Well. It seems like all the pieces are falling into place. Professor Lupin is a werewolf, Sirius Black is innocent, and Peter Pettigrew has been hiding in the form of a rat for years. For the first time, we’re offered a glimpse at the previous generation that goes beyond Lily and James’ deaths. We learn about the Marauders’ childhood friendship, their rule-breaking exploits, and the tragic end to their story.
I’m still not sure who I pity the most. James and Lily, who died at 21 because of a friend’s betrayal? Sirius, who was framed for said betrayal and spent twelve years in prison, surrounded by creatures that suck all the happiness and hope out of you? Or Remus, who was left completely alone, believing two of his childhood friends to be dead and the third to be a traitor?
Harry Potter as a whole isn’t a tragedy, although it has elements of one. It deals with serious themes such as injustice and corruption. It puts its characters in horrible situations and often requires them to be far braver than any child their age should have to be. By the end of the series, many beloved characters have died, including all of those I mentioned above. And yet, there is always hope. The more tragic aspects of the story never outweigh the hopeful ones. In the end, good triumphs over evil and the world is set right, and Harry sends his children off to school nineteen years later in a world where “all was well”. A true tragedy would have left him dead in the Forbidden Forest. Order would still be restored, but at a much heavier price.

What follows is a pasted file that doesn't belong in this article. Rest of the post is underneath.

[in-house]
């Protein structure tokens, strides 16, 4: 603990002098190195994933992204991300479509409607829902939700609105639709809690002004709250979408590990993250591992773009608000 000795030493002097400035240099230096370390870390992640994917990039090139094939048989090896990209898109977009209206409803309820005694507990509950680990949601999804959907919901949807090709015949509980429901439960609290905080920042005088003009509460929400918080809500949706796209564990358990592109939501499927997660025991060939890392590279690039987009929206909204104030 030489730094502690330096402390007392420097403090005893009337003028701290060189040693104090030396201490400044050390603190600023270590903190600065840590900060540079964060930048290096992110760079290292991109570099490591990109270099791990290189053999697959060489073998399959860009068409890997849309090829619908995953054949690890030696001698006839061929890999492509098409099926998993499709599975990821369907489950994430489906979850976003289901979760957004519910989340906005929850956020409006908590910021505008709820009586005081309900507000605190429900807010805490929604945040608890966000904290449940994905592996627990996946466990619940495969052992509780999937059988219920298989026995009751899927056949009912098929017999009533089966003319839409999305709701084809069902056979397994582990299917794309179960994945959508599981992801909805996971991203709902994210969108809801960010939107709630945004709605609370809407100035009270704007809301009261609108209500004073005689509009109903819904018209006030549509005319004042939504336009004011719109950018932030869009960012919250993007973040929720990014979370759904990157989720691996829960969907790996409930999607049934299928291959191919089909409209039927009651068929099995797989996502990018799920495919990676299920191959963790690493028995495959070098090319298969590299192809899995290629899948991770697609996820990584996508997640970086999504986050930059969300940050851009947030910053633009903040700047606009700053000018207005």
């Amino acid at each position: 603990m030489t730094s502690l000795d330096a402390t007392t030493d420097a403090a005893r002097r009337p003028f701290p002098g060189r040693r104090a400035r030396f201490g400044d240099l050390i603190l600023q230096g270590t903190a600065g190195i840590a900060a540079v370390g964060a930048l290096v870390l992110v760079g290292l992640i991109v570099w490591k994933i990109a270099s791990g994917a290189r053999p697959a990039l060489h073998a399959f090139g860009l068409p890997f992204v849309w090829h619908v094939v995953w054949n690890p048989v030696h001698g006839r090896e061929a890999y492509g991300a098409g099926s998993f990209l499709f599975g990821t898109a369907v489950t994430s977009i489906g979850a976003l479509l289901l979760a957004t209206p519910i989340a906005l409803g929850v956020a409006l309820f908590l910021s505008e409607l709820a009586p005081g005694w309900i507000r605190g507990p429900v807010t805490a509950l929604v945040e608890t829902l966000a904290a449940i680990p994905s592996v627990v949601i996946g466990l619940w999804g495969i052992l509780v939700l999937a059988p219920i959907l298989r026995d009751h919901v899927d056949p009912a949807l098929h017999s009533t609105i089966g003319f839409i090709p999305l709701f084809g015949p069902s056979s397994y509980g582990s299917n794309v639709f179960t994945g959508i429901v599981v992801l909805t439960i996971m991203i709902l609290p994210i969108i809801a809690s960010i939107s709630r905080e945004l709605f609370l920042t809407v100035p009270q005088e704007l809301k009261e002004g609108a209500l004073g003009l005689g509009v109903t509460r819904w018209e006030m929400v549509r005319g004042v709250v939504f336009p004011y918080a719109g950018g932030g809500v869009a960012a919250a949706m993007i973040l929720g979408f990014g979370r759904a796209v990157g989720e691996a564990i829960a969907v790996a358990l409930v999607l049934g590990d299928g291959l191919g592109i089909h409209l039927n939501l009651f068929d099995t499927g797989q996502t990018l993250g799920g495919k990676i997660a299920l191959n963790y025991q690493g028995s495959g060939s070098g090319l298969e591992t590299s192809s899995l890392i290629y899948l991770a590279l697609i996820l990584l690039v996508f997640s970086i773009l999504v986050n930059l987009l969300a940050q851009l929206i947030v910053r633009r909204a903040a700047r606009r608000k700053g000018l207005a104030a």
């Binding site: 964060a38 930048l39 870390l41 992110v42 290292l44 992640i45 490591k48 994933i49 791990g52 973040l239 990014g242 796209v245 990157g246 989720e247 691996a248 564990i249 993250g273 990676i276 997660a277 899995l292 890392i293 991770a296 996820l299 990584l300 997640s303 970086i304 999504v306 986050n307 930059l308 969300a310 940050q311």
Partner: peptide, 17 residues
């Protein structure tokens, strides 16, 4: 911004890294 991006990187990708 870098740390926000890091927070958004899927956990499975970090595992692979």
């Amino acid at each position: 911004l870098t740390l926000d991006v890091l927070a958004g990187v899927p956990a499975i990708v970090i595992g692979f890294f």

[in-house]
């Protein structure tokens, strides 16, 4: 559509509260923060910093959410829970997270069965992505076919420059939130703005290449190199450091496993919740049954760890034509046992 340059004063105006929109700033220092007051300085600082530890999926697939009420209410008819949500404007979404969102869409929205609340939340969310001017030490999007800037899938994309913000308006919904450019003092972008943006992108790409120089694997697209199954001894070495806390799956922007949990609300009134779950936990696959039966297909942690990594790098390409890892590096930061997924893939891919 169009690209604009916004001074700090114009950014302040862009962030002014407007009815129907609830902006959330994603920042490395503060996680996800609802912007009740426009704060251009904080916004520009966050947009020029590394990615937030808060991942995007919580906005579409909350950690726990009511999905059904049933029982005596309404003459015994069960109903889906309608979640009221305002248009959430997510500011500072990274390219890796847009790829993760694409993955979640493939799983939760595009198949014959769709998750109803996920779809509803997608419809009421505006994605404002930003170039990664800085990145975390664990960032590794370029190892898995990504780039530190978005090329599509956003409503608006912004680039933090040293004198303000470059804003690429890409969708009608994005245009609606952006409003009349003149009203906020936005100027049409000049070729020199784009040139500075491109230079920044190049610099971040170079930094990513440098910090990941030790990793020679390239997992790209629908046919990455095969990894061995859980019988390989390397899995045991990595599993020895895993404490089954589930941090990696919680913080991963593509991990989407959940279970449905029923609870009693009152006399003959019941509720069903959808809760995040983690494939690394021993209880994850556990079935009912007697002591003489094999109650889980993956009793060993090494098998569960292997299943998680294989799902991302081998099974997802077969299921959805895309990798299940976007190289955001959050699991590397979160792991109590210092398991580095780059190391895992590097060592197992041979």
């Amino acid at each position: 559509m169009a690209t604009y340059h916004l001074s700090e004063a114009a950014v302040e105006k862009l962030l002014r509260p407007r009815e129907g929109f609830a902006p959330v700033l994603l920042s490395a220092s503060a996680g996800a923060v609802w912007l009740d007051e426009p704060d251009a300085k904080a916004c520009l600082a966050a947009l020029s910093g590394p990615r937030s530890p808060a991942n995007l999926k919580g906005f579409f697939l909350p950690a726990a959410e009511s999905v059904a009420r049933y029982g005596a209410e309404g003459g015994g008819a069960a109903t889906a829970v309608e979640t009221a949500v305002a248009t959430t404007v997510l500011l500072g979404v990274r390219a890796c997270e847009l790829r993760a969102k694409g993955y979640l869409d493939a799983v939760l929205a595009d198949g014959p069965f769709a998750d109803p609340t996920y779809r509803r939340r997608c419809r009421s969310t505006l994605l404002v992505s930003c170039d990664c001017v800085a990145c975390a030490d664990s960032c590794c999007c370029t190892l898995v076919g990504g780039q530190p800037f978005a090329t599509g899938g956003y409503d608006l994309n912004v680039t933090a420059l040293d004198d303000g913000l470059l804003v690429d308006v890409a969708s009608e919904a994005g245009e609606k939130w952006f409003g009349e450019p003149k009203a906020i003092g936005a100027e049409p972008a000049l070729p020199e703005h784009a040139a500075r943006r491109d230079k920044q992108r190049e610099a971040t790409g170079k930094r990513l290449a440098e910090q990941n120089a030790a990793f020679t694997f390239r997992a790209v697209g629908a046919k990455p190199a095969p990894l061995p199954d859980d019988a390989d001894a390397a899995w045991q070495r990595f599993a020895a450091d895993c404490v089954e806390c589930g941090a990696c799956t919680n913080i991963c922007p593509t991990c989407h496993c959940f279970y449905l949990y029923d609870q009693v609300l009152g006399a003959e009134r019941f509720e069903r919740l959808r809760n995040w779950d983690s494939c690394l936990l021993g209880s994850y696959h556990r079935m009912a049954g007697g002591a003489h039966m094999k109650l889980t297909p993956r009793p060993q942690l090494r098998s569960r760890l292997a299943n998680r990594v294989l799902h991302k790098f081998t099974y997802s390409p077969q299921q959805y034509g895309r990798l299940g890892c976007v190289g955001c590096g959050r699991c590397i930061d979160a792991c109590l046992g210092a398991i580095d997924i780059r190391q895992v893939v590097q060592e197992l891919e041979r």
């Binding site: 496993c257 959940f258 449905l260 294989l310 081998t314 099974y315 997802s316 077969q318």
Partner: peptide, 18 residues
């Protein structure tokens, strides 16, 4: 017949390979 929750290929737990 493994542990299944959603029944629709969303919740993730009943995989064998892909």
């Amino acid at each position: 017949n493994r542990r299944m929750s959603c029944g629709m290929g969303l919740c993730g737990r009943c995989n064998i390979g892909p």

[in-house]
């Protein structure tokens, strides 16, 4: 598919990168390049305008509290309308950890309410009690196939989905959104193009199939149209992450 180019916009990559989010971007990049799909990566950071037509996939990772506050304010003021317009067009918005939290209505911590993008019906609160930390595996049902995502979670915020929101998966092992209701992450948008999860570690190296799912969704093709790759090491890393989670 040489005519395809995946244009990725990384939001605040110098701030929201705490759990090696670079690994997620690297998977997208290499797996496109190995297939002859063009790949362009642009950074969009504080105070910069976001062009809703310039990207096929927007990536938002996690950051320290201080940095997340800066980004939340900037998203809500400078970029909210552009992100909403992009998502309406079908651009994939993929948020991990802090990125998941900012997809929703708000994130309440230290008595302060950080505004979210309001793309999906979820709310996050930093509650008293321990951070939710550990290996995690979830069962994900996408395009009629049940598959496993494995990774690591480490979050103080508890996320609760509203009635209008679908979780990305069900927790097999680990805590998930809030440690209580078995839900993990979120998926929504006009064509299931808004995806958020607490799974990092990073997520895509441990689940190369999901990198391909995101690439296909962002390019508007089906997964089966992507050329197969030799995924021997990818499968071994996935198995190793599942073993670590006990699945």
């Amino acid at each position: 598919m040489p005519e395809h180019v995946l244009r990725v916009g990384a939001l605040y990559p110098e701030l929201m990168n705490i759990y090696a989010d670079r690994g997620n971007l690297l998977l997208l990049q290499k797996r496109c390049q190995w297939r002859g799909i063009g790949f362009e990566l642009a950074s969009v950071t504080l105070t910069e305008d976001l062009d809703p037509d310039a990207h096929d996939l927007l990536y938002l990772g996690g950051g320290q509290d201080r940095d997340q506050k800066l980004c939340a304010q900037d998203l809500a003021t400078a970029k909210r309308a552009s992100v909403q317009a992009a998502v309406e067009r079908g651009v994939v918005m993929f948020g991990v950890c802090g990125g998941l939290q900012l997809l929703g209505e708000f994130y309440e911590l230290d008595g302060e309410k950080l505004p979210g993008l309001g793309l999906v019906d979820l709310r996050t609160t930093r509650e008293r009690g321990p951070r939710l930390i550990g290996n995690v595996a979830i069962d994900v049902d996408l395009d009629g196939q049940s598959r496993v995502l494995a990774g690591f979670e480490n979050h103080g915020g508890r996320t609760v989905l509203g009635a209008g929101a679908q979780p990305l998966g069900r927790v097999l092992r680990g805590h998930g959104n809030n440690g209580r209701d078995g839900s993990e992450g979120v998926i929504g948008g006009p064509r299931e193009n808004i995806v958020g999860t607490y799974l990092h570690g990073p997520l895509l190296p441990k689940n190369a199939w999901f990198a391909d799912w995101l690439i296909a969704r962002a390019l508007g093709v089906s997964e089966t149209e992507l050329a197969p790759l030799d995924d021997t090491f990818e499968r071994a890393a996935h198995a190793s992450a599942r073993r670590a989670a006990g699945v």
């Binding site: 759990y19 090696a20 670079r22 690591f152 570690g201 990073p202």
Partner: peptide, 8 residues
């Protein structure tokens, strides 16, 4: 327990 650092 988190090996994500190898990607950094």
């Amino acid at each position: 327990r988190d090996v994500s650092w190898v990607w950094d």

And yet, the stories of many minor characters are indeed tragedies. The Hogwarts founders, who were unable to coexist in peace and left behind a legacy of division rather than unity. Ravenclaw’s daughter and the Bloody Baron. Dumbledore and Grindelwald. Credence from Fantastic Beasts. Andromeda Black. Regulus Black. The Weasley twins. Neville’s parents. Cedric Diggory. There are only too many characters whose stories end tragically, whether due to a tragic flaw, a mistake realized too late, or simply bad luck and bad timing. The story of Moony, Wormtail, Padfoot, and Prongs is all of those things. Their suspicion of each other, Peter Pettigrew’s cowardice and betrayal, Lupin’s uncontrollable condition, Sirius’ impulsive nature and unpleasant family, and a whole lot of bad luck all contribute to their eventual downfall.
Tragedies don’t usually end with a victory for the villain. Rather, they end with things set right, but at a horrible price. The Montagues and the Capulets stop feuding, but only after their teenage children’s suicide. Hamlet’s father’s murder is avenged, but Hamlet dies in the process, as do Ophelia, Polonius, and many other innocent people who were simply in the wrong place at the wrong time. Edgar survives and becomes king, but almost every other character is dead, including Lear and Cordelia. From Sirius Black or Remus Lupin’s point of view, the war against Voldemort is a tragedy as well: one in which good wins in the end, but at the cost of everyone they loved, as well as their own lives.